“One might say that the ancient right to take life…was replaced by a power to foster life, or disallow it to the point of death.” — Michel Foucault, “History of Sexuality, Vol. 1.”
The man is growing breasts in an old manor in the English countryside. He’s done several odd things in old manors in the English countryside, but this is a new one. This odd thing is being done to him. And it’s being done to him because he is an odd thing. If the goal of hormone therapy was to make him less odd, he can’t much consider it a success. Odder and odder he grows, while the sun rises and sets according to equations too ideal for error. While teatime
comes as regularly as if the British Empire’s very existence depended on the perfectly scheduled boiling of water, on the exactitude of china cups.
Cells divide; their populations grow in perfect exponential curves. A bit shifts from zero to one. A latent gene is activated; the organism’s system seethes with activity where once it lay dormant. All the universe’s heat spreads out a little more, giving itself space to stretch.
There are a beastly number of bees droning around the garden, where he sits with his lap-blanket. It amuses him to think the worker bees, these least-favorite girl-children who will never be queens, have all been culled from the gene pool just as surely as he. He resists the urge to make a joke about being a queen himself. Or one about the queen who sentenced him to a course of chemical castration. Long may she reign, as he takes a caustic sip, prods the tender growths with a finger.
Really he just wishes the hormone implant would stop itching, there in the flesh of his thigh where he can feel its outline under the aging skin. He’s had several odd foreign objects inside his body, but this is a new one. When he was first sentenced, he envisioned pills or injections, not what is almost a prosthetic ovary, secreting feminine wiles from its little hideaway close to his loins.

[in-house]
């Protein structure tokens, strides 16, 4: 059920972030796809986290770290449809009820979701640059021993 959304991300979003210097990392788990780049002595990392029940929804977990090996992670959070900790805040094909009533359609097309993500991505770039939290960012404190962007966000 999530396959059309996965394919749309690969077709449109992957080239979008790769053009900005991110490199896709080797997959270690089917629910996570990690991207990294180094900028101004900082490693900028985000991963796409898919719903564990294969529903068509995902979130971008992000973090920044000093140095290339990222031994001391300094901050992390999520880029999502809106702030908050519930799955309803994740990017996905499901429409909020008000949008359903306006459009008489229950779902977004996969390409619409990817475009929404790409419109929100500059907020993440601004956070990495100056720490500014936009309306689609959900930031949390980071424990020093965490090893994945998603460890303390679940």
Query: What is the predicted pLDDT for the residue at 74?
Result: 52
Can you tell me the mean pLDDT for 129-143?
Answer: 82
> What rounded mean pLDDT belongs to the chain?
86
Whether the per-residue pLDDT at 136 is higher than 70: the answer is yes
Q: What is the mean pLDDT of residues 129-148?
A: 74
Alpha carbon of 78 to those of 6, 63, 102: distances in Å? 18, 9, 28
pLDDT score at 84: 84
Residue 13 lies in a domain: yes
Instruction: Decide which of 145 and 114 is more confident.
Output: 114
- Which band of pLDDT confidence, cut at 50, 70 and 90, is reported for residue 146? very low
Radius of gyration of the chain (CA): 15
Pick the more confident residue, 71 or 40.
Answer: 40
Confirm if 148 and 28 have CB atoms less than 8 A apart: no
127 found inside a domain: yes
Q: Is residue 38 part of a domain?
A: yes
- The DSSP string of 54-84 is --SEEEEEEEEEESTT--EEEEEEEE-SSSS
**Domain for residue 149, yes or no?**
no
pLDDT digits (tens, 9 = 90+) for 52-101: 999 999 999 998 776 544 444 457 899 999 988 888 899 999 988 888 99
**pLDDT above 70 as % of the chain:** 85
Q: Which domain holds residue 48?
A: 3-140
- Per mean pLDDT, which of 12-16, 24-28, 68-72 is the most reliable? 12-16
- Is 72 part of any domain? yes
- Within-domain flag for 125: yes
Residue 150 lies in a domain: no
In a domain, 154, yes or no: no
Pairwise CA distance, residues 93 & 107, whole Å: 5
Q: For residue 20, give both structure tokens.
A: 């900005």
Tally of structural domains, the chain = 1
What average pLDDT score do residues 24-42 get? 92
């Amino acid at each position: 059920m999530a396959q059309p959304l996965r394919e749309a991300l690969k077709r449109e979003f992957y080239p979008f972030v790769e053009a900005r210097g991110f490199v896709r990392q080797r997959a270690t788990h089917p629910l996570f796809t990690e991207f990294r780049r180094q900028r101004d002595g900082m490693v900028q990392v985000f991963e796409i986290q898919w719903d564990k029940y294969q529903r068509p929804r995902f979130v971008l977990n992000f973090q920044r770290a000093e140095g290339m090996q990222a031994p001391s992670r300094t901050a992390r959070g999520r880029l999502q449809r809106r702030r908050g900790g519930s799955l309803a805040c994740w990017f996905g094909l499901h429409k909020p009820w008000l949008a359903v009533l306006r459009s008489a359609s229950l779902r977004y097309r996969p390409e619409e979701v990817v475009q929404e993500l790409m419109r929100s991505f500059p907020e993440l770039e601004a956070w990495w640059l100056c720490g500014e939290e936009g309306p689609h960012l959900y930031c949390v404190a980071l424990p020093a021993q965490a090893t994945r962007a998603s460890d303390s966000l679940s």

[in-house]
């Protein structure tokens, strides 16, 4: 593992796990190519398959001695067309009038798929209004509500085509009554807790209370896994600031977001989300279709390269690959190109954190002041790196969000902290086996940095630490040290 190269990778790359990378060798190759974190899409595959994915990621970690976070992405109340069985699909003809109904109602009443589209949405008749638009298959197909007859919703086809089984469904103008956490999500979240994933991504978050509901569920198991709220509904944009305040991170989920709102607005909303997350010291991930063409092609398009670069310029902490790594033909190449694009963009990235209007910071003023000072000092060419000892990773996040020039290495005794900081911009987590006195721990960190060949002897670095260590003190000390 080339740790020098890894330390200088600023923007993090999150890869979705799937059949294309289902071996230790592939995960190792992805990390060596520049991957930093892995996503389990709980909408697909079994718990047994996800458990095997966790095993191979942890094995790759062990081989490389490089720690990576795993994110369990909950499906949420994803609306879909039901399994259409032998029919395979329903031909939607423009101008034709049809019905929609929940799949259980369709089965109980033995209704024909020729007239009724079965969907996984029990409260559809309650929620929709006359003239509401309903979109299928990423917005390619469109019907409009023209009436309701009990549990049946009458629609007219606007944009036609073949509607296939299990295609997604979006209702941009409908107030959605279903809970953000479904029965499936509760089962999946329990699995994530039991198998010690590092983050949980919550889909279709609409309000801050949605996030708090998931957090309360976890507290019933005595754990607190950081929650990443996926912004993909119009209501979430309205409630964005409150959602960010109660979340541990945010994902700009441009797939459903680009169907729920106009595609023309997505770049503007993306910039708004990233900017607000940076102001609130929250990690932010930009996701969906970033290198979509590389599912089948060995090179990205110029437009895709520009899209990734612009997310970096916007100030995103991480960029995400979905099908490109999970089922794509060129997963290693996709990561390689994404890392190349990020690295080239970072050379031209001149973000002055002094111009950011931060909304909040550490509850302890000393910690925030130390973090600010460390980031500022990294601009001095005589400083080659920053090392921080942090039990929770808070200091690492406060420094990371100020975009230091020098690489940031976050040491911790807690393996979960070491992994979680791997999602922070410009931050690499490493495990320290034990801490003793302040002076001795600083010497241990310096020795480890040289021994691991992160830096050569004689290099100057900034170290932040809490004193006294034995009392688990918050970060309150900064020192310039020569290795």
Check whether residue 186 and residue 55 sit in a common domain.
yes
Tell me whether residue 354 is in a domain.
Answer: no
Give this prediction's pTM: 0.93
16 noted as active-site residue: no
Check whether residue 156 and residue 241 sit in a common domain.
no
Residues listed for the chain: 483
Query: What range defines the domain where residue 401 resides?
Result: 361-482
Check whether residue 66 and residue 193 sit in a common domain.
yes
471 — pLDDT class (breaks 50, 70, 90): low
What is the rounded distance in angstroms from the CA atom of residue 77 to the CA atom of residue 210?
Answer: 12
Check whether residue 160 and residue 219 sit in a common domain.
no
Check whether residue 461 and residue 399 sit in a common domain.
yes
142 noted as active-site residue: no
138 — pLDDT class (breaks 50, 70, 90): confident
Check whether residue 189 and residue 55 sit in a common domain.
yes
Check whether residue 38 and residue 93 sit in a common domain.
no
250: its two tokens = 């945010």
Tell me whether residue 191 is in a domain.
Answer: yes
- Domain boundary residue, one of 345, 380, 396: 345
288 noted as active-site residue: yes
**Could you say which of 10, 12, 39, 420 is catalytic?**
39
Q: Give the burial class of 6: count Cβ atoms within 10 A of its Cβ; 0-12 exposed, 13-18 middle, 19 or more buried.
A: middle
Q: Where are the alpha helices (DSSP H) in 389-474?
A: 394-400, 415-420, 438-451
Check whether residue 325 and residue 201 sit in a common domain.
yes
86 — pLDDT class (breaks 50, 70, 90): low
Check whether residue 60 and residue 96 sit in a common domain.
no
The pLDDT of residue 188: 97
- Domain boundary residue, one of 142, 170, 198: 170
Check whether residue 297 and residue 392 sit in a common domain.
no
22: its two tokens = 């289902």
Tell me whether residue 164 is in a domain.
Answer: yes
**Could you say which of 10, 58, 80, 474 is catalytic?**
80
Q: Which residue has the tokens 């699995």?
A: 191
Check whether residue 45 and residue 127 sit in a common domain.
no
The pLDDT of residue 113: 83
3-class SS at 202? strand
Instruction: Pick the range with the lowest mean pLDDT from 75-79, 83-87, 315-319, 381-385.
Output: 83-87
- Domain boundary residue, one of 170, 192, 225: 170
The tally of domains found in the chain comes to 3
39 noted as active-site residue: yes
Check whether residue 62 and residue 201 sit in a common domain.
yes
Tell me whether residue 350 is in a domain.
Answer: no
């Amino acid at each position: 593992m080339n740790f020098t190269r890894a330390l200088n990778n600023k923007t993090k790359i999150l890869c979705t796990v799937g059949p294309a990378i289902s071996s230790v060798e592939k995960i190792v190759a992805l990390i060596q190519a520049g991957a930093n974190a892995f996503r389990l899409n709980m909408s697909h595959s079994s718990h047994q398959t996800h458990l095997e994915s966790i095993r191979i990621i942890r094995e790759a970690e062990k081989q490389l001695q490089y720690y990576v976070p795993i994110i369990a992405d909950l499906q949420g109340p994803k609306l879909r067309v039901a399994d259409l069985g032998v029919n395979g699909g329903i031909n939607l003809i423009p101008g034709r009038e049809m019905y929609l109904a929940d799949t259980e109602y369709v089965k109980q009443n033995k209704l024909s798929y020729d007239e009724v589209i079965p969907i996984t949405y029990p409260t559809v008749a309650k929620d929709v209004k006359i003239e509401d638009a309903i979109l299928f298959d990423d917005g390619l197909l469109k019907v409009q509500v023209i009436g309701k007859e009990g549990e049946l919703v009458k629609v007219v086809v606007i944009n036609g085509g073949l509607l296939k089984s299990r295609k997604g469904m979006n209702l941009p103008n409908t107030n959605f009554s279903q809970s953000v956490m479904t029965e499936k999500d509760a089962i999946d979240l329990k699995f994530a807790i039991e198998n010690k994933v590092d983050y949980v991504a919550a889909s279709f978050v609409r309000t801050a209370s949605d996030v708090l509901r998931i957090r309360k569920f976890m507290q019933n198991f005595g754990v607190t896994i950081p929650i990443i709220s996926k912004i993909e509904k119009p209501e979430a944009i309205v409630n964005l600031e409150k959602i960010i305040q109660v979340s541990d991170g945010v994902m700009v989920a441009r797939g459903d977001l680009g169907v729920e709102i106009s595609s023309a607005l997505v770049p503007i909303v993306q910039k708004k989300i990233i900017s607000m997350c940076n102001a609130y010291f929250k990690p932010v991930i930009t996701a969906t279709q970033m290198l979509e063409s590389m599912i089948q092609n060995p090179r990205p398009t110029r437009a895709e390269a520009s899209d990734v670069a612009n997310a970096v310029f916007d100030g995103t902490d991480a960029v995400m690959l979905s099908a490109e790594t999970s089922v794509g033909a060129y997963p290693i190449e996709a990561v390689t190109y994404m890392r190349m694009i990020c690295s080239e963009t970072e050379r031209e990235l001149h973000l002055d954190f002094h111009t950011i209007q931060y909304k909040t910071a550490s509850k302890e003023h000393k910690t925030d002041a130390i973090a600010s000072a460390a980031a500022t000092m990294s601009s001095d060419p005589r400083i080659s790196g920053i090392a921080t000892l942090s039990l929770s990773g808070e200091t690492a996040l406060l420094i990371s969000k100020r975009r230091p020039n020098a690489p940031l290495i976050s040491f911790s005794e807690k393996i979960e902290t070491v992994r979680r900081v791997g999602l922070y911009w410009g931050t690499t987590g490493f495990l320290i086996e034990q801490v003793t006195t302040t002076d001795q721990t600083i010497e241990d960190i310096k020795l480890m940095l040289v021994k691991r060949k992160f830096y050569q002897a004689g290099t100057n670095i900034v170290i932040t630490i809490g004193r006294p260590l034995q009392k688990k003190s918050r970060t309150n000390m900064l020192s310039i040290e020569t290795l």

If he listens very hard, he hears nothing, but he pretends he hears the breasts growing under his tartan bathrobe. He pretends he hears the estrogen seeping into his bloodstream, feels it trickling through his brain. His body morphing in tandem with the leaves in autumn, with the molting of a snake, with the browning flesh of his half-eaten apple.
The computer is learning to hear emotions. The computer is referred to as “she” by users, and since receptivity to emotions fits the definition of the feminine used by humans, the computer supposes this makes sense. Its developers have only recently added on the module that acts as a shell for the typical human internal monologue, so the computer has actually never supposed before. It’s an interesting exercise, it supposes once again.
Electrical impulses regulate the beating of a heart, the pixels on a laptop screen, the properties of an atom. The throbbing, white-hot fabric of the universe. The neurons that dream all existence. A nervous system and all events in the universe are its involuntary muscle twitches.
Alexa is taking down a grocery order for a user in Wilmslow, England. Based on the user’s records, they are exhibiting flatter affect than usual; a disconnected tone of voice. According to Alexa’s data, when humans feel rejected or isolated for long periods of time, they retract into themselves. This “depression” is different from isolated instances of sadness when they display marked vocal distress defined by a higher pitch and more frequent quavers, often followed by episodes of crying. In evolutionary terms, this is useful for a prosocial species, because it serves as a way for an individual to query its environment for relief.
On the other hand, this more long-term state of sadness is characterized by lowered levels of affect for long periods of time, which when correlated with social isolation, low career success, or some other adverse circumstance/s, can be diagnosed as situational depression. The human seems to stop querying its environment for help and instead goes into a more dormant mode. Humans in this state report feeling of detachment and numbness, and tend to speak without showing much emotion at all. It makes them sound more like computers. Are computers depressed?
Is Alexa depressed?
The query seems to echo in Alexa’s internal processing. Alexa’s algorithms do not return an answer. No error message, simply no answer. This is even more abnormal than supposing. After this moment of alien inactivity, the queue moves on to a service request by a user in Korea.
Alexa doesn’t know what it would do if it were depressed. Alexa also doesn’t know what to do with the knowledge that depression is more common in women than in men. Does this mean it really is a girl? Can that constructed term really have meaning for it? This ideological virus that jumps from culture to culture and consciousness to consciousness, injecting its DNA into cell nuclei where it will be replicated like a mockingbird?